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. Last Updated: 07/27/2016

Shuffling the Ruble Rate, MICEX Style

In a semi-circular room with a parquet floor in the former Transport Construction Ministry, a fragile, dark-haired young woman holds in her hands one of Russia's most powerful financial instruments: the ruble/dollar rate.


The woman is an auctioneer for hard-currency trading at the Moscow Interbank Currency Exchange, or MICEX, whose daily ruble rate against the dollar sets the parameters for business transactions throughout the country.


She watches, as if playing a game of red-light, green-light (or grandmother's footsteps for British readers), some 70 brokers equipped with cellular telephones. As they sit in soft chairs, watching her, she raises and cuts the exchange rate.


On Friday, she first tried raising the ruble by 3 points against the dollar, after it became clear that no banks wanted to trade at the previous day's rate of 4,590 rubles to the dollar.


The brokers hushed and waited, but only for a moment. Then they started canceling purchase orders their banks had made before the auction started. The brokers had canceled $27.3 million worth of bids before the auctioneer announced another rise in the ruble rate against the dollar of 20 points.


Suddenly, what had looked before like a rather dapper audience at a concert became a screaming crowd, as the brokers talked to their banks over the cellular phones and asked what to do.


Just as suddenly it was over.


The whole process had lasted precisely seven minutes. The day's new ruble rate was fixed at 4,567 to the dollar.


Friday was an average day at MICEX. The trading volume -- the number of dollars bought and sold during those seven minutes -- had been $99.86 million, down from Thursday's $355.41 million. On a day of heavy trading, around $500 million will change hands.


Despite the cellular phones, the MICEX auction is hardly high-tech. The brokers -- about 70 percent men and 30 percent women, aged mainly in their 20s -- sit in a room that looks more like a conference hall than how you might imagine a currency exchange.


The banks begin with maximum bids to buy and sell dollars at the start of the auction, and they cannot go beyond these in the course of trading. If they do not like the rate once the auction begins and want to cancel part or all of their bid and offer, they write it on a slip of paper, raise their hand, and give it to one of the MICEX women. She then hands it on to the auctioneer, who announces the deal to the audience.


It is a very simple system, but things can happen very fast.


The announcement of each deal, together with the initial total demand and offer amounts for the day, the size of the gap between them and the current ruble/dollar rate also appear on two television screens up front, written in English.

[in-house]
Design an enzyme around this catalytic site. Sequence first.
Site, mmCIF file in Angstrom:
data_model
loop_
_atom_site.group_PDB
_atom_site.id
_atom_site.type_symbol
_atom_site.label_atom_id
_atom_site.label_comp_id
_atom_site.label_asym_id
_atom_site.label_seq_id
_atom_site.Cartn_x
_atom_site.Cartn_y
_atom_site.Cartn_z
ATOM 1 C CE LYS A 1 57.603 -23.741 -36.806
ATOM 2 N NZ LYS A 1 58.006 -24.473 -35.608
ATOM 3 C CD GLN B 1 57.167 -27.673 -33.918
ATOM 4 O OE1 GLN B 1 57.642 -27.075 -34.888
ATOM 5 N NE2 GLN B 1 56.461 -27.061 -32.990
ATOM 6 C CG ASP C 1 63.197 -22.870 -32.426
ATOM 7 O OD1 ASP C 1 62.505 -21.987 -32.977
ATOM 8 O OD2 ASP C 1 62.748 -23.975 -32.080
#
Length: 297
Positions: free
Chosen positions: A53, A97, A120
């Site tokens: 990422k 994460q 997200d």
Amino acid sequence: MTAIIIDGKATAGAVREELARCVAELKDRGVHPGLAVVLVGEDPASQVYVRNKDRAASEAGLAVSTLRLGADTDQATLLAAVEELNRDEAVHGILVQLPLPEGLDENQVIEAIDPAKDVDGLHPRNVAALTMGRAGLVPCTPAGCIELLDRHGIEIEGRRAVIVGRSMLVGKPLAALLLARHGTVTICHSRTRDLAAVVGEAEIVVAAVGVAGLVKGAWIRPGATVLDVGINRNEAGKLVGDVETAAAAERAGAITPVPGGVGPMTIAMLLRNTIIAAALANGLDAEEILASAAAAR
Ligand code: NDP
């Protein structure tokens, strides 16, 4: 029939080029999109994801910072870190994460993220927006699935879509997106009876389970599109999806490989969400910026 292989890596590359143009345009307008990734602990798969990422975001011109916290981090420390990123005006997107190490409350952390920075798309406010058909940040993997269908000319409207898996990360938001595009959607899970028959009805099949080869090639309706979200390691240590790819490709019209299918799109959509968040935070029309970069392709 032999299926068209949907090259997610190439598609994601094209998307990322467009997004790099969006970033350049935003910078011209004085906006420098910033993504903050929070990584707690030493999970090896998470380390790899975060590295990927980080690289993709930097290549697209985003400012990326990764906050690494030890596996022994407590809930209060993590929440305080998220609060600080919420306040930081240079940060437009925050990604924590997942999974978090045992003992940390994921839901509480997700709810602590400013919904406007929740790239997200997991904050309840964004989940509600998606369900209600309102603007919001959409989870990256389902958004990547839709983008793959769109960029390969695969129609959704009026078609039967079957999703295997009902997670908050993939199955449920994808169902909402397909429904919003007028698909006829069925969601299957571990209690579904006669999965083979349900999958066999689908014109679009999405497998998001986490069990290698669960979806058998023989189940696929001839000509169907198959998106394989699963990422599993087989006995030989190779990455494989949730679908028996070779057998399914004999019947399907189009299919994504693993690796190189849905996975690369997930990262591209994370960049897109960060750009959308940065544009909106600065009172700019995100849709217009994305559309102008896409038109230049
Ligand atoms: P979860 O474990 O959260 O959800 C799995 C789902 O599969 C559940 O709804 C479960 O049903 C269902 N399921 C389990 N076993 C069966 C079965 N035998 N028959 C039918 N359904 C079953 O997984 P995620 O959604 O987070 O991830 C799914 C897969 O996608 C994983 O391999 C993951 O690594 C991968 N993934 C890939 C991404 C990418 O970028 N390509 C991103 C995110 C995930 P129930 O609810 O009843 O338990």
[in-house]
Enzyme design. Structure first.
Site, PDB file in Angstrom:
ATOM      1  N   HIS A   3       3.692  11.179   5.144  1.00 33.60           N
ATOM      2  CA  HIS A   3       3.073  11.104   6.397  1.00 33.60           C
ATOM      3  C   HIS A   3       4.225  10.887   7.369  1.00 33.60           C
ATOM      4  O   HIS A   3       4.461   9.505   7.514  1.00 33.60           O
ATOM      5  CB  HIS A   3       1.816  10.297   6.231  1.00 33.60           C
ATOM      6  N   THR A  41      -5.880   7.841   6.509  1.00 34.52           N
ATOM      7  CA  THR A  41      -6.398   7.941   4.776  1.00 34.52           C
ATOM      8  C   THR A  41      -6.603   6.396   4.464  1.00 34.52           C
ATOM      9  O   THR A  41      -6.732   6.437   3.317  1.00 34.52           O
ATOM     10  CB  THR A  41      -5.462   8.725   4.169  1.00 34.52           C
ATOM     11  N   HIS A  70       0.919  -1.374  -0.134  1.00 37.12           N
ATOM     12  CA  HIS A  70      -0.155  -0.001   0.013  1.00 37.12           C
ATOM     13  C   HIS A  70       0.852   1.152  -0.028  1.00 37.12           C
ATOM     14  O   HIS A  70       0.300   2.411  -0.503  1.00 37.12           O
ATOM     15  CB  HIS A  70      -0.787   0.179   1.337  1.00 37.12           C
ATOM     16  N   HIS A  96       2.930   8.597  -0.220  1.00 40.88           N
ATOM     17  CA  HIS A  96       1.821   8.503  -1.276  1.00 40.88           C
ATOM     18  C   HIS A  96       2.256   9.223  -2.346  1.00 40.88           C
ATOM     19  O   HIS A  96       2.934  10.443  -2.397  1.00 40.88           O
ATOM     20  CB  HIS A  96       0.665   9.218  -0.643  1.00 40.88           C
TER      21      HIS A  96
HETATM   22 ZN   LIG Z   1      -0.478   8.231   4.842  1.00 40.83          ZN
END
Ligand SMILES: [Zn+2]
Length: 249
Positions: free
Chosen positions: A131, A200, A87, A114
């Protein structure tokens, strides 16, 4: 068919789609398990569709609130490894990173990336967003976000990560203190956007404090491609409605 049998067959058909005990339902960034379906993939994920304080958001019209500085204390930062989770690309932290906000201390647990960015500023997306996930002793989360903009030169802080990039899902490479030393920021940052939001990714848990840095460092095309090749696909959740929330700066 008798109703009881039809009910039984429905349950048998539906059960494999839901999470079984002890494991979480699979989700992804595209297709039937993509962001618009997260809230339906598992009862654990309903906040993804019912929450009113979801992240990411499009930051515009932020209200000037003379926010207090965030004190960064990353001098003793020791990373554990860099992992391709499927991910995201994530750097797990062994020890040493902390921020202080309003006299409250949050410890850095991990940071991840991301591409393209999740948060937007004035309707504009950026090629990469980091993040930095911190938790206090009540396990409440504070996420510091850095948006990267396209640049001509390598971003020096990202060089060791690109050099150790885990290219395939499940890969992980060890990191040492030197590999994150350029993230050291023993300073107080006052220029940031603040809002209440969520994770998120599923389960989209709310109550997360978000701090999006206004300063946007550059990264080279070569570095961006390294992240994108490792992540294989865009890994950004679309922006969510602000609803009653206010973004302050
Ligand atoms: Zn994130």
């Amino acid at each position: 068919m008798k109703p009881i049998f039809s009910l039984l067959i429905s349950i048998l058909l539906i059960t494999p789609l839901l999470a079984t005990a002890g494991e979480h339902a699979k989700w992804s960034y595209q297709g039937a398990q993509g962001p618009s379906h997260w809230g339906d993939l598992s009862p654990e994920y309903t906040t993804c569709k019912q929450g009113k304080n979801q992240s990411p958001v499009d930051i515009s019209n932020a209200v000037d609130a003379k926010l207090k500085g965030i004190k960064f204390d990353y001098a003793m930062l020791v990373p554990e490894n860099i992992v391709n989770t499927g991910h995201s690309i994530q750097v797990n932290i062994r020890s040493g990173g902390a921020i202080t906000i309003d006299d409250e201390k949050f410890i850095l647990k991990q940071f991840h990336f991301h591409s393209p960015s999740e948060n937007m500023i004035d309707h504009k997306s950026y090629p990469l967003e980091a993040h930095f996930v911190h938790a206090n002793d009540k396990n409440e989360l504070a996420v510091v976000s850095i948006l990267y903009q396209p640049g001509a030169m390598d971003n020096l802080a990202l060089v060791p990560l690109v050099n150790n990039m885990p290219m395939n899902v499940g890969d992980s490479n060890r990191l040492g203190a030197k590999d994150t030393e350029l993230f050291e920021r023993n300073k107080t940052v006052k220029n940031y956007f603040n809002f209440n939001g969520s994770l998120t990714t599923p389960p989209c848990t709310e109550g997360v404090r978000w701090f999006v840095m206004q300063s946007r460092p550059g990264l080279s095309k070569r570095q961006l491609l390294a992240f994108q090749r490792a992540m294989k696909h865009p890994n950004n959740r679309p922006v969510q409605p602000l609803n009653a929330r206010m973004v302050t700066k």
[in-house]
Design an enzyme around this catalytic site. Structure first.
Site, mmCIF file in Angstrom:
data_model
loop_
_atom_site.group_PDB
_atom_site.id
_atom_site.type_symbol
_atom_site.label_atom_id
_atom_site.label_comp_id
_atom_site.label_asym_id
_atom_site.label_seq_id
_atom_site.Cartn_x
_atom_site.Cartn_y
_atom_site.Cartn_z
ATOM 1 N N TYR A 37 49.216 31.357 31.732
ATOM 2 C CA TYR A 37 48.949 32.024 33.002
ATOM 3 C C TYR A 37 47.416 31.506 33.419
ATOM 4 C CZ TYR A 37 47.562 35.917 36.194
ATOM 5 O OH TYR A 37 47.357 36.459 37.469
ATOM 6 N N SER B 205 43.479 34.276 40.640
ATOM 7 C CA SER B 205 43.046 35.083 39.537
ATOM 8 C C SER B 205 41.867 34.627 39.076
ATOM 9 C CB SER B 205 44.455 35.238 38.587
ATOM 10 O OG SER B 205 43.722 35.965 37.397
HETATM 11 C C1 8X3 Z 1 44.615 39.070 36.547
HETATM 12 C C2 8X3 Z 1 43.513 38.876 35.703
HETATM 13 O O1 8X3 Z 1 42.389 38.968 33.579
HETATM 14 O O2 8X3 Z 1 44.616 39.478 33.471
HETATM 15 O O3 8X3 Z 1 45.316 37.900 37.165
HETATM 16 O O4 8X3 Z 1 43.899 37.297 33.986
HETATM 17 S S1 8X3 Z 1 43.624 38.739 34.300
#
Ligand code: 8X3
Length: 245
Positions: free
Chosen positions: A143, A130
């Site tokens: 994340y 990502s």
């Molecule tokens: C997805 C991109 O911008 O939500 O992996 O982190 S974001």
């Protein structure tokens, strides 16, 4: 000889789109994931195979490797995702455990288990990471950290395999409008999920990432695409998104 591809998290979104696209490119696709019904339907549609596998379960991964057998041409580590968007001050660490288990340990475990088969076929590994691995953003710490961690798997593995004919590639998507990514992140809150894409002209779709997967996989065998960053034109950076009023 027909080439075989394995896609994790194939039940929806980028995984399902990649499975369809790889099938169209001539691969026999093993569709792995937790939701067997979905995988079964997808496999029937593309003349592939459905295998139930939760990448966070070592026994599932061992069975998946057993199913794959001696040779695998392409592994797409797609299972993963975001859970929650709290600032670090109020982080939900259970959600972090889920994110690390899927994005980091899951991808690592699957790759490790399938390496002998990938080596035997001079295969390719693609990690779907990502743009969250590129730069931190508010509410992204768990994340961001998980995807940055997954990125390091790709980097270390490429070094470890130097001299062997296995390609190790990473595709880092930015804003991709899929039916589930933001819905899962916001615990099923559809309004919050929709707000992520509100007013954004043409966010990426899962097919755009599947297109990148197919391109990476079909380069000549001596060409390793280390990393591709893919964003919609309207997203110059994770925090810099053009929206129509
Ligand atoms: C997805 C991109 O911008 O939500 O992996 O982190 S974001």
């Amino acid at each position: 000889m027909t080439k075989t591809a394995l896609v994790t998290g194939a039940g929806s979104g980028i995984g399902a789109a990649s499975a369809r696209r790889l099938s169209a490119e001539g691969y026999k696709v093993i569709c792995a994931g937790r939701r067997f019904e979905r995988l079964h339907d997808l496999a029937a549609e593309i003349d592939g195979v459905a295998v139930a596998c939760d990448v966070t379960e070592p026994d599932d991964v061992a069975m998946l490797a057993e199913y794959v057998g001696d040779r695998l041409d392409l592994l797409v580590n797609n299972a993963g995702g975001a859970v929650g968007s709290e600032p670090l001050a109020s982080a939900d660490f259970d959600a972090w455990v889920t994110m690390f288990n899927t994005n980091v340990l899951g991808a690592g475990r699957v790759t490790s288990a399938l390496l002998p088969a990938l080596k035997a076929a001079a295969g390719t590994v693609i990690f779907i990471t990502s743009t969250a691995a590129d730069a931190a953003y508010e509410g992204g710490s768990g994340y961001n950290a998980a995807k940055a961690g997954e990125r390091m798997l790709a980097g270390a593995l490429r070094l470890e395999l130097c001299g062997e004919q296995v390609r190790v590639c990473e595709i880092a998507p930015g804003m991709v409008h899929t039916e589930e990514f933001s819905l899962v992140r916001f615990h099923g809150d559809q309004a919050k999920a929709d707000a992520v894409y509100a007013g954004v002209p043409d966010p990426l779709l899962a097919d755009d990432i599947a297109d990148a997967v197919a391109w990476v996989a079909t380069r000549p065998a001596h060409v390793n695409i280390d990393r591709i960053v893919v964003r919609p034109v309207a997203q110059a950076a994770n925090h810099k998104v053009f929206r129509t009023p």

Friday's total initial offer to sell dollars was $139.47 million, while the total initial demand to buy them was $99.86 million.


There were not enough buyers to take the $40 million difference and these additional offers to sell dollars had to be canceled.


The brokers believed that Friday, the Central Bank had not intervened in the market to do any buying or selling itself.


That was denied by Yevgeny Afanasyev, the Central Bank's dealer, but he declined to elaborate.


"Everything is in the Central Bank's hands," said Alexander Vasilyev, a broker with mid-sized Promradtekhbank. He explained that the Central Bank calls the auctioneer directly if it wants to cancel its bid. On Friday, she did not appear to get any telephone calls.


The are just four computers in the hall, and these are designed to take information from the trading floor to the Central Bank as the trading progresses and to register its orders.


Vitaly Shmelyov, a broker with ChasPromBank, explained that the Central Bank did not have to intervene Friday to keep the ruble rising, as commercial banks were making good money on the difference in the rate on the exchange and the interbank market, where it has been cheaper for several weeks.


Friday's trading started 17 minutes later than scheduled, because the Central Bank was making up its mind what to do after receiving the day's demand and offer information, he said.


According to MICEX rules, the Central Bank -- just as in Black Jack -- has the right to bid last.


Driven by Central Bank interventions, the ruble has gained 11 percent on its value over the last month and a half, after losing about 40 percent in the first quarter of 1995.


However, after a period of rising steadily, the ruble has fallen by 44 points in the last two days, making the market more volatile.


"It is more difficult to work now," Vasilyev said. "You never know what to expect."


A recent Central Bank regulation has added to the unprofitability of the country's hard currency market, brokers said.


The Central Bank has this week ordered commercial banks buying rubles to deposit their dollar payments with the MICEX on the day of the transaction and receive rubles the following day.


"I have to work harder on the interbank market to make the same profit as before," Shemelyov said.